MADISON, Wis.—Oct. 26, 2022—When you lose a loved one, there are always a lot of changes. When that loss is your partner or spouse, those adjustments can become drastic. Coping with grief is difficult even in the best circumstances. Adjusting to living alone, and possibly parenting alone, means balancing your finances, maintaining your home, and caring for your well-being, all while dealing with the grief of your loss.
“It’s important to remember that there is no single set of rules or timeline for dealing with grief,” says Dr. Ken Robbins, Medical Director of Behavioral Health for WPS Health Solutions. “Everyone is going to cope differently. However, there are some needs that are universal. We all know what it feels like to be lonely and experience sadness. It’s vital that we address our mental health in times of grief.”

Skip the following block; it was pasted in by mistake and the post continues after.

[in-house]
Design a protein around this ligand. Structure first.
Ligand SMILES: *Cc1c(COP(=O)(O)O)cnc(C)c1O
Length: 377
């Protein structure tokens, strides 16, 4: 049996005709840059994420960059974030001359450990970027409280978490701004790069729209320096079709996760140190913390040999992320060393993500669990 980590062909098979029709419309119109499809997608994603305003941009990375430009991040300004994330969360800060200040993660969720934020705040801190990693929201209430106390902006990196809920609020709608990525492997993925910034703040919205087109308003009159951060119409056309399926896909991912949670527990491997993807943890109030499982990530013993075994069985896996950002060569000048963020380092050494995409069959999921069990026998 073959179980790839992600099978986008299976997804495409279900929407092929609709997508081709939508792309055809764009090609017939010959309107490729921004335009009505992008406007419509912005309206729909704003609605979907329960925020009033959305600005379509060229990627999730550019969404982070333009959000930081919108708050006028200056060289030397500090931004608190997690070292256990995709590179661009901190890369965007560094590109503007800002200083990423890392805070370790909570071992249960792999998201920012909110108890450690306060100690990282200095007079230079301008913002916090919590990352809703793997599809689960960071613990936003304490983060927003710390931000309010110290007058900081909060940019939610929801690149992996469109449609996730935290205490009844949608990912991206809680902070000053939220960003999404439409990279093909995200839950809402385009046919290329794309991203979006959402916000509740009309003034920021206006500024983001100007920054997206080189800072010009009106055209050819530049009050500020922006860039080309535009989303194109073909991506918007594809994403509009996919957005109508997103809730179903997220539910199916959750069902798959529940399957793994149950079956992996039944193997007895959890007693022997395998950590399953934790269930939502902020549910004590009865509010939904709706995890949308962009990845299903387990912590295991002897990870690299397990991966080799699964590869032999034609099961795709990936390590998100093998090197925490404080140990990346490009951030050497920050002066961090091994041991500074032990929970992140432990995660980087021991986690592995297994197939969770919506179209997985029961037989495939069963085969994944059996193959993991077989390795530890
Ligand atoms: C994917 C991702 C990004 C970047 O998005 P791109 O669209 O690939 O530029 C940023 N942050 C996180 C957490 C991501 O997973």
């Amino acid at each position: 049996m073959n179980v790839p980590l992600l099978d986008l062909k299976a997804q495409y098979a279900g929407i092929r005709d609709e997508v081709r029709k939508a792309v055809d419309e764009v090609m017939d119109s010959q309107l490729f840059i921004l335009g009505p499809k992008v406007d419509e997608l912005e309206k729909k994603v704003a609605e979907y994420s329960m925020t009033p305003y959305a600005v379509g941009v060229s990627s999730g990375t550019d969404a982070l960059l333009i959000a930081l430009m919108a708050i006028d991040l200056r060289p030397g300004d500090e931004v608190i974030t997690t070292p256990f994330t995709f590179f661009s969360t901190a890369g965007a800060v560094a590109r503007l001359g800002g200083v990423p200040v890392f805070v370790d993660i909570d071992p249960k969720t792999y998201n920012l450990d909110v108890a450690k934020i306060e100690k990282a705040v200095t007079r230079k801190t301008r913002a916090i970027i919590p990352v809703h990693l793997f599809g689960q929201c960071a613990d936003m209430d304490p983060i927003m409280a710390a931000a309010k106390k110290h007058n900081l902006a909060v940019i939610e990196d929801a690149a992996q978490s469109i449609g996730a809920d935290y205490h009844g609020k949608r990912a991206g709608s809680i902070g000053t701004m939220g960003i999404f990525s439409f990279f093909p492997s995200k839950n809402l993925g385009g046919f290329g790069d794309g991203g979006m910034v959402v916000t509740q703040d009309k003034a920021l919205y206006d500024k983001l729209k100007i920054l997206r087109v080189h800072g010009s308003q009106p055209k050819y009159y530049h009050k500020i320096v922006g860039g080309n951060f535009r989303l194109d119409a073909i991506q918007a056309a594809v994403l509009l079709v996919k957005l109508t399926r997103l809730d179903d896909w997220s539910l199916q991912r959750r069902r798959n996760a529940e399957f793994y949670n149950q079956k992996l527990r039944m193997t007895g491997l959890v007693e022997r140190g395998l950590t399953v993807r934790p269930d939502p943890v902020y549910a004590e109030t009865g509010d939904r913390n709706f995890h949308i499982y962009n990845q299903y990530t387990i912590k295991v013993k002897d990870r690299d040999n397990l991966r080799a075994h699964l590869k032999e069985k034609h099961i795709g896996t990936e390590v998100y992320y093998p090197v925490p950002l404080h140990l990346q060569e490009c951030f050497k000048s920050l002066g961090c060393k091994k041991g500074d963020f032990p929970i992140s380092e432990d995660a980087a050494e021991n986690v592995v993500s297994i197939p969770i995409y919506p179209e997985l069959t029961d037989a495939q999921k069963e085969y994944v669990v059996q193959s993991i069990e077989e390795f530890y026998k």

Tips for adjusting to living on your own:
Behavioral health focuses on behaviors, habits, thoughts, and actions that directly impact your mental and physical well-being. Seek treatment if you are experiencing loneliness, have increased anxiety, or think you may be depressed.
Behavioral health professionals have specialized training to help you understand your problems with an objective, independent viewpoint. They can help identify why you may feel unhappy, depressed, anxious, fearful, or in need of emotional help. They can also prescribe medicine—or connect you with someone who can determine if you need medication.